About two weeks later, there was a message on my cell phone.  The same woman, The Bag’s route coordinator, told me that yes, there was a route available, and did I want it?
 

I knew the pay wouldn’t be as good as at other part-time job–such as at The Laundro or bagging groceries at Giant Eagle.  Delivering The Bag, I would have a free hand and would be able to work without someone standing over me non-stop.  That made it worth it.  Also, I have been wanting to lose weight (I’m not obese or anything, but I am a little more convex than I would like to be), so the extra walking would be a blessing.

So, starting on the Independence Day weekend, I became a delivery person for The Bag.  Delivering it is actually the easy part.  Lots of walking, going up and down porches and steps, make sure everything is delivered by Sunday at noon, page the route coordinator to let her know when I’m done.

It’s the pre-delivery part that’s a nightmare.  On Thursday afternoon, I come home from work there sits on my back porch step six or seven bundles of ads.  All the Kroger ads are bundled together, all the Meijer ads bundled together, all the Marc’s, etc.  There’s also a supply of bags, a manifest, and a list of the addresses where I deliver.

Steph stepped up to the plate and offered to always help bundle all the ads together, with Susie helping to tear off the bags and hand them to her.  That was indeed a blessing, because doing it solo would have taken at least six hours.  To make it more fun, there is one type of bundle for Columbus Dispatch subscribers, and one for non-subscribers.  So, once Steph’s last Thursday piano lesson is finished, we go to work.  Once you get a rhythm going, the work goes faster than I thought it would (Steph put a quick stop to my "Kroger two-three-four, Meijer two-three-four").  It still takes more than two hours, and the living room is full of bundles.

Then comes preparing them for delivery.  On my list, non-Dispatch subscriber addresses are represented in blue, so Steph loaded them into a blue canvas shopping bag, and the non-subscribers in some other color bag.  These bags I load into the two-wheel grocery cart (I dread what I’ll do this winter when there’s snow on the ground)–although I can’t carry the entire load in one trip.

On paper, my route doesn’t look that strenuous.  If I was just walking those streets, it’d take me no time at all.  But I have to go up to the porch or the front door and hang The Bag on the doorknob, or on the hooks under the mailbox where the carrier leaves packages–the only absolute no-no is leaving them between the storm door and the front door.  (There are some people who have asked not to receive The Bag–their addresses are in red on my list.)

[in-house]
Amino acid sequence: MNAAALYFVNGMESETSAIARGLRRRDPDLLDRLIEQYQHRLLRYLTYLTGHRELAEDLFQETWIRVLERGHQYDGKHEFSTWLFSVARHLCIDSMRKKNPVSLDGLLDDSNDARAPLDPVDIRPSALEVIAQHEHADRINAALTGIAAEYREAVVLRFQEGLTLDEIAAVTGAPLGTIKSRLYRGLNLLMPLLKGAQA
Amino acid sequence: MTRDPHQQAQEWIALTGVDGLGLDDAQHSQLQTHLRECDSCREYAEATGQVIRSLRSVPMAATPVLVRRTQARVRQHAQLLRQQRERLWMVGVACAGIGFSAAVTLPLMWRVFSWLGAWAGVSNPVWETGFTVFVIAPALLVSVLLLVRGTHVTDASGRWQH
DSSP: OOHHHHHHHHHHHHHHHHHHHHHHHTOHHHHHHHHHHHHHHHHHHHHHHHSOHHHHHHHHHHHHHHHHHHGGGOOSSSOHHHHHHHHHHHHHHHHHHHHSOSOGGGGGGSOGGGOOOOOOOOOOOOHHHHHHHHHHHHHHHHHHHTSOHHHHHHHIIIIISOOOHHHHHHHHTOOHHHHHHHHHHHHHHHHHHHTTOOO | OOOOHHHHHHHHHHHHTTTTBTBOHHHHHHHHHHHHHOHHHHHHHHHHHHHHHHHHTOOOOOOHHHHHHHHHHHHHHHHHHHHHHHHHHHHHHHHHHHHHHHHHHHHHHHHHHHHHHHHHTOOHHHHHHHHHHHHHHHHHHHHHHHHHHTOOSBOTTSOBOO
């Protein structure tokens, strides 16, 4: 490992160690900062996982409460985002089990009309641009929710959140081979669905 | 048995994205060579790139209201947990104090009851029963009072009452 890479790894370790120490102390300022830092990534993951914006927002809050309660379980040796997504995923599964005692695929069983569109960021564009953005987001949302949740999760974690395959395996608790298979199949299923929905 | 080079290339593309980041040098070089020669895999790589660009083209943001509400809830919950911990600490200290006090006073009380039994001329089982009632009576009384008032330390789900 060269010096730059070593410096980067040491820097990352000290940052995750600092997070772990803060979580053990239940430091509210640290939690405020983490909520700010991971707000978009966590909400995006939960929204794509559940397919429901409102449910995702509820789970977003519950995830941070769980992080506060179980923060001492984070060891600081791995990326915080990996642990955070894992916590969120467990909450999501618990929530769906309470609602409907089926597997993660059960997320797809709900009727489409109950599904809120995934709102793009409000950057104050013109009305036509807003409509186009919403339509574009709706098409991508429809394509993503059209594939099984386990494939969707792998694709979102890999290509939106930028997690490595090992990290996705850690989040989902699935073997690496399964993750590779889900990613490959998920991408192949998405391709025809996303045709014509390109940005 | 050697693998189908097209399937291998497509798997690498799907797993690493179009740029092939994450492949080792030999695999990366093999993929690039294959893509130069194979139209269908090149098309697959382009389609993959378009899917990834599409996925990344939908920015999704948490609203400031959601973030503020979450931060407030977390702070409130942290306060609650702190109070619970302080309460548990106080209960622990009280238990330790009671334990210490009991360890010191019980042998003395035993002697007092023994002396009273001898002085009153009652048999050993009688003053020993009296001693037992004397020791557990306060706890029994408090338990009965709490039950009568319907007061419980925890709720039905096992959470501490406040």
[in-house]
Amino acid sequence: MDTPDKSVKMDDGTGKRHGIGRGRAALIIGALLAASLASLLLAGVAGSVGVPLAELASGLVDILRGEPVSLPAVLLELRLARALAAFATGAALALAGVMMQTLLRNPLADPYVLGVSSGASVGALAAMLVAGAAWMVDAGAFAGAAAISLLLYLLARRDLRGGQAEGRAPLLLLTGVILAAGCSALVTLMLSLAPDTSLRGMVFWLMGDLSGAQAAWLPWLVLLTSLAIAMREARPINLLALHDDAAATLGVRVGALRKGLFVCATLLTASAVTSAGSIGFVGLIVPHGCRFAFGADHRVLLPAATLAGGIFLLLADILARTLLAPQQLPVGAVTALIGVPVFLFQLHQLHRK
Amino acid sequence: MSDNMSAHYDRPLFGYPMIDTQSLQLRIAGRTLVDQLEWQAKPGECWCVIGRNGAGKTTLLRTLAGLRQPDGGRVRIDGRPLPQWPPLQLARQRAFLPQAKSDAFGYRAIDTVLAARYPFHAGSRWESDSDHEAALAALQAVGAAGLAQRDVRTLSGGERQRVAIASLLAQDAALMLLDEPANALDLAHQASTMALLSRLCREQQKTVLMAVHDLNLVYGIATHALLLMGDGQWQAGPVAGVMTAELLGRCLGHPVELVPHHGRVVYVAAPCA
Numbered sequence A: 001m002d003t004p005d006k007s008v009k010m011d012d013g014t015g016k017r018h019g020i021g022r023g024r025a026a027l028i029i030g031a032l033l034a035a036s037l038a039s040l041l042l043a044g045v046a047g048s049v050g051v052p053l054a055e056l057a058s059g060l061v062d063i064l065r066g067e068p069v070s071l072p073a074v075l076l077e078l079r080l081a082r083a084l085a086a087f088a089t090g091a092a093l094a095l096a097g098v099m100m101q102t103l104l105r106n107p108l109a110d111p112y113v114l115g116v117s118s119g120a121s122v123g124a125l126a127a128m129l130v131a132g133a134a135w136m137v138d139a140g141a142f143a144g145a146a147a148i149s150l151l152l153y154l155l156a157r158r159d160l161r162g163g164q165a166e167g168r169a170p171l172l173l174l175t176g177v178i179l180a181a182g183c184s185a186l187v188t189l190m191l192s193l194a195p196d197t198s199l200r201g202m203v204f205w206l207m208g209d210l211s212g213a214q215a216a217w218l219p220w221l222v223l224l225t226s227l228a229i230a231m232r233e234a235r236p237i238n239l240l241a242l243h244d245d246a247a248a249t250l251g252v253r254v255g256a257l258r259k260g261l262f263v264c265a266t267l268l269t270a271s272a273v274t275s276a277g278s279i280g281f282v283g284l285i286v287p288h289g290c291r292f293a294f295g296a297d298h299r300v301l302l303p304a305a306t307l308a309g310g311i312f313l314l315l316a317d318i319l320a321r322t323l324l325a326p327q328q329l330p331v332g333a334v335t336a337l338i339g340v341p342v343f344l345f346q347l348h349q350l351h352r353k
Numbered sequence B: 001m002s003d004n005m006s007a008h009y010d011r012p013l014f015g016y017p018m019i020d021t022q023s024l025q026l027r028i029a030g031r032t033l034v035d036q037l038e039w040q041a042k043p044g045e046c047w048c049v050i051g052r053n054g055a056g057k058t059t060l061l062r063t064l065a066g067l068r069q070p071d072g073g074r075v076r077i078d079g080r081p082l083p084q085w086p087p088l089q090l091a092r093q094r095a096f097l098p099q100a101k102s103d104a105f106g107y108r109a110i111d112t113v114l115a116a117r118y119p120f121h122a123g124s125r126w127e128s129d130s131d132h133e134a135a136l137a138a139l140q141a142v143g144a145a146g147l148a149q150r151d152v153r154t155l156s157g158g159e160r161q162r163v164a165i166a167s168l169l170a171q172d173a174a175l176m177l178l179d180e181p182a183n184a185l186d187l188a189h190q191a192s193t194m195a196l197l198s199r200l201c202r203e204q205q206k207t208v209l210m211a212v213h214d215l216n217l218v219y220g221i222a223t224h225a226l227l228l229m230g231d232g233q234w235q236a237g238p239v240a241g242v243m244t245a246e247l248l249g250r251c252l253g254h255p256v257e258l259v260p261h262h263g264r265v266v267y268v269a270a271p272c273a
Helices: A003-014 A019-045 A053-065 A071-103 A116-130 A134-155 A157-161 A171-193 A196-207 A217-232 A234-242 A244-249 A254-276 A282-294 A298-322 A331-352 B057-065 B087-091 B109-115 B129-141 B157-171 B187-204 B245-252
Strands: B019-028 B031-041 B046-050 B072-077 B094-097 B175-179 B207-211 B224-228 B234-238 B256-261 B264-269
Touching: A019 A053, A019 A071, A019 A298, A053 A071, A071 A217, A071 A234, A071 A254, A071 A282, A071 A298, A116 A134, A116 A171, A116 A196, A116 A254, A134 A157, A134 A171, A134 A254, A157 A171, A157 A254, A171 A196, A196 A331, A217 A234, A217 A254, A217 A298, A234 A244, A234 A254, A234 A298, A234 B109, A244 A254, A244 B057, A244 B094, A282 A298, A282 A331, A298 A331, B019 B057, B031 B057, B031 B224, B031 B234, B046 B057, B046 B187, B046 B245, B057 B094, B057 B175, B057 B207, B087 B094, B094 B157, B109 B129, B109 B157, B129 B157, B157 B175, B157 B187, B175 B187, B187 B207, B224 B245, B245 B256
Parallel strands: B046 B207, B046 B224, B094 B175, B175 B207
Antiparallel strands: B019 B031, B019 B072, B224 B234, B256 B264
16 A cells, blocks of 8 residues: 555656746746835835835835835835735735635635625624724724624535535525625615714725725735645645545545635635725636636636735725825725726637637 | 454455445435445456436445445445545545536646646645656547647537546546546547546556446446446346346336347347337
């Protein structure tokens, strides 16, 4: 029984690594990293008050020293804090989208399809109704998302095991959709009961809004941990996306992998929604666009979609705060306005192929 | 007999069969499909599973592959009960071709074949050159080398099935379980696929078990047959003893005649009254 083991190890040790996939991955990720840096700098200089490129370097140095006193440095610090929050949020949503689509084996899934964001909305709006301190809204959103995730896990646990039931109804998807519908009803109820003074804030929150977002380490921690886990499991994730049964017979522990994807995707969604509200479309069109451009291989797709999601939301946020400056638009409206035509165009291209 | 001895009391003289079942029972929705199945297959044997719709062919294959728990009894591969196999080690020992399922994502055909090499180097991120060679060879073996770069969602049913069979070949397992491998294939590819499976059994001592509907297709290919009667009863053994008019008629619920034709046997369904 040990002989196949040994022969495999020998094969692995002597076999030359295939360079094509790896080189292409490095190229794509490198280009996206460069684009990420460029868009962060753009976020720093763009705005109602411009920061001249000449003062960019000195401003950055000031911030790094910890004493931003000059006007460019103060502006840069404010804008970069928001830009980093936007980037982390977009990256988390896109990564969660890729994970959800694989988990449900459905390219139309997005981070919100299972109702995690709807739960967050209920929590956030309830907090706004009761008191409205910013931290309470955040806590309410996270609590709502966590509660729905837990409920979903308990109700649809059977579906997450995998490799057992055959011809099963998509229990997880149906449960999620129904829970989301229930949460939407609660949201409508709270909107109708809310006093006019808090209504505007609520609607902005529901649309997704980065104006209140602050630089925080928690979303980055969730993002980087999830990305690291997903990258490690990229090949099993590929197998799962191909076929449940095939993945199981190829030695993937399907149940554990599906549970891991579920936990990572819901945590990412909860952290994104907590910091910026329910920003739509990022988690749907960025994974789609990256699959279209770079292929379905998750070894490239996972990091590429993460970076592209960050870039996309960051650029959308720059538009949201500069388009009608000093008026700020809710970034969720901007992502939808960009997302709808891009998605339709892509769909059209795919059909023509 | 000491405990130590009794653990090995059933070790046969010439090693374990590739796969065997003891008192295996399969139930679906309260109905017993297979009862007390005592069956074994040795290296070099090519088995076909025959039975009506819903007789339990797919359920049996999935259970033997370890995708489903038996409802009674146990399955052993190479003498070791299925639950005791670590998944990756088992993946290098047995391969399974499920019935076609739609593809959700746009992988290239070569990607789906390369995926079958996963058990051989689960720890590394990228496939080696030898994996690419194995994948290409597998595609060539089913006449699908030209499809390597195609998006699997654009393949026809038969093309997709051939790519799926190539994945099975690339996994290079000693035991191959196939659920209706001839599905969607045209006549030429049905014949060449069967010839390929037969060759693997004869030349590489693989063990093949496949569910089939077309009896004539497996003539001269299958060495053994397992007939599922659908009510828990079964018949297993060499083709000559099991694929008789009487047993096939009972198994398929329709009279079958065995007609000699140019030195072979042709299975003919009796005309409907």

The work is pleasant, once I actually hit the bricks and start delivering.  There is a cul-de-sac that has had me climbing the walls, a horseshoe-shaped street divided into east and west.  That’s hard enough, but the people living at the place where east and west split have an amazing green thumb.  They have many vines and other plants overrunning their yard and fence, and it doesn’t stop there.  The vine has begun climbing up the telephone pole next to their house, and the foliage is so thick that it completely covers the street signs.  That’s not helpful when I have a hard time getting my bearings and have trouble keeping east and west straight.  I got on the City of Columbus’ Website this afternoon when I got home from church and logged an official complaint.  I respect anyone who is talented enough to maintain a garden, since I definitely am not–I could probably kill kudzu.  Nonetheless, I’m appalled that no one has spoken to them about how their runaway plants are blocking the street signs.  That entire neighborhood is already a nightmare for pizza delivery people and letter carriers, and their blocking the signs only makes it worse.

This weekend’s delivery was done in installments.  I did some of it Friday night, and the instant I stepped out the door I heard thunder.  I delivered everything on one street (three blocks, both sides) before the rain started to fall.  Yesterday, I set the alarm for 5:30 (which is my wake-up time for my "real" job serving the good people of the State of Ohio), and was out the door a little after 6.  I aborted mission around 9, because the rain was starting again.  Additionally, Susie was having a friend over and Steph was leaving to knit with friends.  So, I watched "Your Local Forecast on the 8s" on The Weather Channel on and off all day to see when the deluge would be over.  It was over late in the afternoon, so I finished in the early evening.

During my time at the post office in Cincinnati, I was never a letter carrier, because of my lack of a driver’s license.  So maybe delivering The Bag is my way of doing the same task.